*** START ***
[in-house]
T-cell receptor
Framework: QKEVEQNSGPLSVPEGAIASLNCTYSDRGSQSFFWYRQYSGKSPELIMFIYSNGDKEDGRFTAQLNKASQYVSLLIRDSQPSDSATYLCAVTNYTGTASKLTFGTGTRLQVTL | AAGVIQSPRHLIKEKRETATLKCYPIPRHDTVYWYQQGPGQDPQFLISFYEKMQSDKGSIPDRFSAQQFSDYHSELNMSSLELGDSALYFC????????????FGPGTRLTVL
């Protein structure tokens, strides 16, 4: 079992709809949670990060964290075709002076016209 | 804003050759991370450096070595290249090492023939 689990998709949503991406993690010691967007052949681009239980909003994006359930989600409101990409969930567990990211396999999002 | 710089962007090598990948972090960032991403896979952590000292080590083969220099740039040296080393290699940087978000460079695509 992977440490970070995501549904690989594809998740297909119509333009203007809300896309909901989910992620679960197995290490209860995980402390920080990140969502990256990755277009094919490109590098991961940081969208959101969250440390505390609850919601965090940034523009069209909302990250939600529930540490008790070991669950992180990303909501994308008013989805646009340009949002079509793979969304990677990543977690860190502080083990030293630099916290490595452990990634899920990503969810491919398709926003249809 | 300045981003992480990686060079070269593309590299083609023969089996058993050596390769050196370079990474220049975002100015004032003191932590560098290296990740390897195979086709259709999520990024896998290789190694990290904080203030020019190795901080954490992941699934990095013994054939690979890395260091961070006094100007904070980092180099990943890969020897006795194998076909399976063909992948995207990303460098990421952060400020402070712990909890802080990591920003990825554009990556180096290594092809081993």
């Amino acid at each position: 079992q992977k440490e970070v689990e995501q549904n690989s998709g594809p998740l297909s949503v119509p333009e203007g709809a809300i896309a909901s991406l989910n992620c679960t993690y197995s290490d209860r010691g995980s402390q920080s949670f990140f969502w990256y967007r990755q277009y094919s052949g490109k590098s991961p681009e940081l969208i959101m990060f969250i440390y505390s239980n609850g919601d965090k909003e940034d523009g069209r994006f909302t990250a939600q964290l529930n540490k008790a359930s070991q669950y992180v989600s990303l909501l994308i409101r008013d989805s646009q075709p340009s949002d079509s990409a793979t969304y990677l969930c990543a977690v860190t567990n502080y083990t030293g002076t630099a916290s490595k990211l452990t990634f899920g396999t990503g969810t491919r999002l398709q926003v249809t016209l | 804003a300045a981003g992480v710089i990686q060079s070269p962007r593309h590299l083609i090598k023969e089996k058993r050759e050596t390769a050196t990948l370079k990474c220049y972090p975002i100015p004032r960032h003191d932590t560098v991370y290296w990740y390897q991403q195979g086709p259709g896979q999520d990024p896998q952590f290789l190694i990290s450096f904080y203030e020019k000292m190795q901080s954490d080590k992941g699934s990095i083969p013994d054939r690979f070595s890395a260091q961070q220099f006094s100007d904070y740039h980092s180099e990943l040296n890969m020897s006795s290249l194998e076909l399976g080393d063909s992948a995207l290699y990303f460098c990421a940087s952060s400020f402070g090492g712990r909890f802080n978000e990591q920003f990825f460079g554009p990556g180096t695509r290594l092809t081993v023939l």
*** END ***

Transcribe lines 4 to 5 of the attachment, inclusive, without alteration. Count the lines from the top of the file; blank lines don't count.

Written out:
């Protein structure tokens, strides 16, 4: 079992709809949670990060964290075709002076016209 | 804003050759991370450096070595290249090492023939 689990998709949503991406993690010691967007052949681009239980909003994006359930989600409101990409969930567990990211396999999002 | 710089962007090598990948972090960032991403896979952590000292080590083969220099740039040296080393290699940087978000460079695509 992977440490970070995501549904690989594809998740297909119509333009203007809300896309909901989910992620679960197995290490209860995980402390920080990140969502990256990755277009094919490109590098991961940081969208959101969250440390505390609850919601965090940034523009069209909302990250939600529930540490008790070991669950992180990303909501994308008013989805646009340009949002079509793979969304990677990543977690860190502080083990030293630099916290490595452990990634899920990503969810491919398709926003249809 | 300045981003992480990686060079070269593309590299083609023969089996058993050596390769050196370079990474220049975002100015004032003191932590560098290296990740390897195979086709259709999520990024896998290789190694990290904080203030020019190795901080954490992941699934990095013994054939690979890395260091961070006094100007904070980092180099990943890969020897006795194998076909399976063909992948995207990303460098990421952060400020402070712990909890802080990591920003990825554009990556180096290594092809081993």
């Amino acid at each position: 079992q992977k440490e970070v689990e995501q549904n690989s998709g594809p998740l297909s949503v119509p333009e203007g709809a809300i896309a909901s991406l989910n992620c679960t993690y197995s290490d209860r010691g995980s402390q920080s949670f990140f969502w990256y967007r990755q277009y094919s052949g490109k590098s991961p681009e940081l969208i959101m990060f969250i440390y505390s239980n609850g919601d965090k909003e940034d523009g069209r994006f909302t990250a939600q964290l529930n540490k008790a359930s070991q669950y992180v989600s990303l909501l994308i409101r008013d989805s646009q075709p340009s949002d079509s990409a793979t969304y990677l969930c990543a977690v860190t567990n502080y083990t030293g002076t630099a916290s490595k990211l452990t990634f899920g396999t990503g969810t491919r999002l398709q926003v249809t016209l | 804003a300045a981003g992480v710089i990686q060079s070269p962007r593309h590299l083609i090598k023969e089996k058993r050759e050596t390769a050196t990948l370079k990474c220049y972090p975002i100015p004032r960032h003191d932590t560098v991370y290296w990740y390897q991403q195979g086709p259709g896979q999520d990024p896998q952590f290789l190694i990290s450096f904080y203030e020019k000292m190795q901080s954490d080590k992941g699934s990095i083969p013994d054939r690979f070595s890395a260091q961070q220099f006094s100007d904070y740039h980092s180099e990943l040296n890969m020897s006795s290249l194998e076909l399976g080393d063909s992948a995207l290699y990303f460098c990421a940087s952060s400020f402070g090492g712990r909890f802080n978000e990591q920003f990825f460079g554009p990556g180096t695509r290594l092809t081993v023939l």